I really think the Antiquary is better than ever, and I look forward to reading every issue ... (It is) all the more reason why the pages of The Bradford Antiquary should (continue to) contain only the results of original archaeological, historical and genealogical research since (the readers) are already acquainted with the contents of books on local history.
In the early days, it was intended that it should record the transactions of the Society - to make permanently available the information provided in members' lectures to each other. In more recent years, as the lecture programme has contained topics of more general interest, original work has been accepted from both members and non-members. In this way a much wider range of expertise has been tapped and a number of distinguished national historians have contributed - among them Professor (now Lord) Briggs, Master of Worcester College, Oxford and Professor J.T. Ward of Strathclyde University.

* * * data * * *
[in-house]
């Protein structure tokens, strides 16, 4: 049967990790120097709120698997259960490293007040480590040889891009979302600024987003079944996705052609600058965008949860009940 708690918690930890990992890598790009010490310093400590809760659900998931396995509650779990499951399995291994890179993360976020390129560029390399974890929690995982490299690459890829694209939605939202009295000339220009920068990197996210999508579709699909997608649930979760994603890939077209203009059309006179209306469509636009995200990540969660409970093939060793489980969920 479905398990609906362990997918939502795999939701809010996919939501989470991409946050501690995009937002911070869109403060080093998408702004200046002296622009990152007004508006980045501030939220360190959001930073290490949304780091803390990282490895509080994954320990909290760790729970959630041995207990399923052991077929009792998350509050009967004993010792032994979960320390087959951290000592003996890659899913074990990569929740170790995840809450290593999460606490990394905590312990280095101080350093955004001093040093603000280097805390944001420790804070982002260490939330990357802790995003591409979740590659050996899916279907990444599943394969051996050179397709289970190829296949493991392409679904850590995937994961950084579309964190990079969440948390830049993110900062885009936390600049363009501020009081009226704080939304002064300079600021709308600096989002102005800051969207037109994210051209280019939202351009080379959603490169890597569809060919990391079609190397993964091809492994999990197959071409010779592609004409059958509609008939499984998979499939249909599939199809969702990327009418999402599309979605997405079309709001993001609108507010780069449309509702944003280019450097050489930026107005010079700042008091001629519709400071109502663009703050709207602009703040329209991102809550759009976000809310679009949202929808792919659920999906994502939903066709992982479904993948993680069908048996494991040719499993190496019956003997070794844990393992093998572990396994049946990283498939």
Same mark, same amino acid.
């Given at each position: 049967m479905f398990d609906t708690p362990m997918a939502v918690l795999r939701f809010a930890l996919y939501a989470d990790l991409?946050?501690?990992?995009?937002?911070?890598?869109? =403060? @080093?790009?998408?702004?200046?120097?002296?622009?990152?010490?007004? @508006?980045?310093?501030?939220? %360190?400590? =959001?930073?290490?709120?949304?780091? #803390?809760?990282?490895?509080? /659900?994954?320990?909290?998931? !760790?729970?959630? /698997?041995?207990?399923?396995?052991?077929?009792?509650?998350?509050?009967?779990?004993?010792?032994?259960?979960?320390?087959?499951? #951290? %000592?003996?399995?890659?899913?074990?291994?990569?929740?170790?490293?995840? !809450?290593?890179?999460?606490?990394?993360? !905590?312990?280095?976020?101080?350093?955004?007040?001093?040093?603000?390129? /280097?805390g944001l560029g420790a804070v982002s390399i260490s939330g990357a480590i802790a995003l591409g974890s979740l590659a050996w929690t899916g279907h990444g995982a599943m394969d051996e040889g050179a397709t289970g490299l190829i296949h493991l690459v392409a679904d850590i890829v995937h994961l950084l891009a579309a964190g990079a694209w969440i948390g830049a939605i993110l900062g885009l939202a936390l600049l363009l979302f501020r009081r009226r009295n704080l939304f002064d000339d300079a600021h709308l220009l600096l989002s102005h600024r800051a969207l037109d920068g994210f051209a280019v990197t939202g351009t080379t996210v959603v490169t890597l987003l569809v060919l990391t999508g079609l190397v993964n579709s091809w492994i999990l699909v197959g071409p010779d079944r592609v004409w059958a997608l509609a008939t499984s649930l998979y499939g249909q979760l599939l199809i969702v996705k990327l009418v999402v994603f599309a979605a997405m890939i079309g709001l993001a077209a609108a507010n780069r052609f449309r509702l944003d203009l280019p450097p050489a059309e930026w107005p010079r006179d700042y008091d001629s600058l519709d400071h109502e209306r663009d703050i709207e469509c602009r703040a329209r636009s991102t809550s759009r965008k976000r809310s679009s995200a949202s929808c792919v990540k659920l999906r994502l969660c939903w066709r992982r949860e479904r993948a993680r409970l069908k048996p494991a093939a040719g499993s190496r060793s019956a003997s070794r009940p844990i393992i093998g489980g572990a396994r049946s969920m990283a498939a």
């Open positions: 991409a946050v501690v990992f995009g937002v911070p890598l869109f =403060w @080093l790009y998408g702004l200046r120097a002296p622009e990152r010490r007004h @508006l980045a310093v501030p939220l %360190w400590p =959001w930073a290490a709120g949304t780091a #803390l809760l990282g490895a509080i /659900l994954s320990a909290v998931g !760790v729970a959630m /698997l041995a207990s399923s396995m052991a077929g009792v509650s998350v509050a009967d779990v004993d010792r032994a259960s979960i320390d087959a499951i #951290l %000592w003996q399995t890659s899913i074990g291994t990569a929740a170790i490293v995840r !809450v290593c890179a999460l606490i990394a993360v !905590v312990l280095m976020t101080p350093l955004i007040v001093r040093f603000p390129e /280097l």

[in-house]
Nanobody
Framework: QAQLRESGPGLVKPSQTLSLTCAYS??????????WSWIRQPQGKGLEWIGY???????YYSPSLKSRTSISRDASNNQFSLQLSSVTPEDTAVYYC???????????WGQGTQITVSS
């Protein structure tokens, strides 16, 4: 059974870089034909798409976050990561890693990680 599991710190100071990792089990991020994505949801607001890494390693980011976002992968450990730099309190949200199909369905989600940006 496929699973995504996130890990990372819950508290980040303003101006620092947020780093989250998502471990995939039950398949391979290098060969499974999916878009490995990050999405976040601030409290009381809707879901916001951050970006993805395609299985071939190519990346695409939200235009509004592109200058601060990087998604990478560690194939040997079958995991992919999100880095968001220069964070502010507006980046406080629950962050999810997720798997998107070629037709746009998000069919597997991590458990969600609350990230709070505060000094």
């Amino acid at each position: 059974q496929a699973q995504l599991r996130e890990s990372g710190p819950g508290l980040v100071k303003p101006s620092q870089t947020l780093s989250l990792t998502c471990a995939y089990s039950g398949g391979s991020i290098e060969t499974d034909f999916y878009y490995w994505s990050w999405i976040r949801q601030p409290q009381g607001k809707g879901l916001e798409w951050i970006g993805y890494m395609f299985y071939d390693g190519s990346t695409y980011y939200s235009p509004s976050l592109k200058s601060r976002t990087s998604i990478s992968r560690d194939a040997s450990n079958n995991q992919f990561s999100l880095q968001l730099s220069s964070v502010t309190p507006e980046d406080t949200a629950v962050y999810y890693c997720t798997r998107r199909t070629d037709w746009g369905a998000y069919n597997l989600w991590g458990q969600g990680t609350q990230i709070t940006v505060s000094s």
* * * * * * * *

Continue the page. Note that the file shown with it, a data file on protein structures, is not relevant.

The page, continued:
For any serious student of the history of Bradford and its locality, the journal is the starting point. Original articles of permanent value are to be found in every issue - and many of them have been used by historians writing more general historical studies. The first account of the great Bradford strike of 1825 (an event which is at present the subject of a doctoral thesis at the University of Chicago); a description of the development of the Leeds-Liverpool Canal; a fascinating account of the Bradford yeoman-clothier of the 17th century; a discussion of the origins of the Bradford Friendly Societies; a survey of Irish immigration in Victorian Bradford are among those which have been frequently cited in general works dealing with the origins and growth of English society. The first two volumes are particularly wide-ranging in their scope; taking in every period from pre-historic times up to the years just before the Society started its work. As with the lecture programme, in the middle years a great deal of attention was given to the 16th and 17th centuries. More recently, there has been a return of interest, also reflected in the lecture programme, in the more immediate past. Important articles have thus appeared on the Aire and Calder Navigation; and Professor Ward has provided biographical sketches of two 19th century factory reformers, Matthew Balme and Squire Auty. The latest issue continues the story of Bradford's labour history and follows the account of the 1825 strike with one on the other great strike in Bradford's history - the Manningham Mills strike of 1890-91.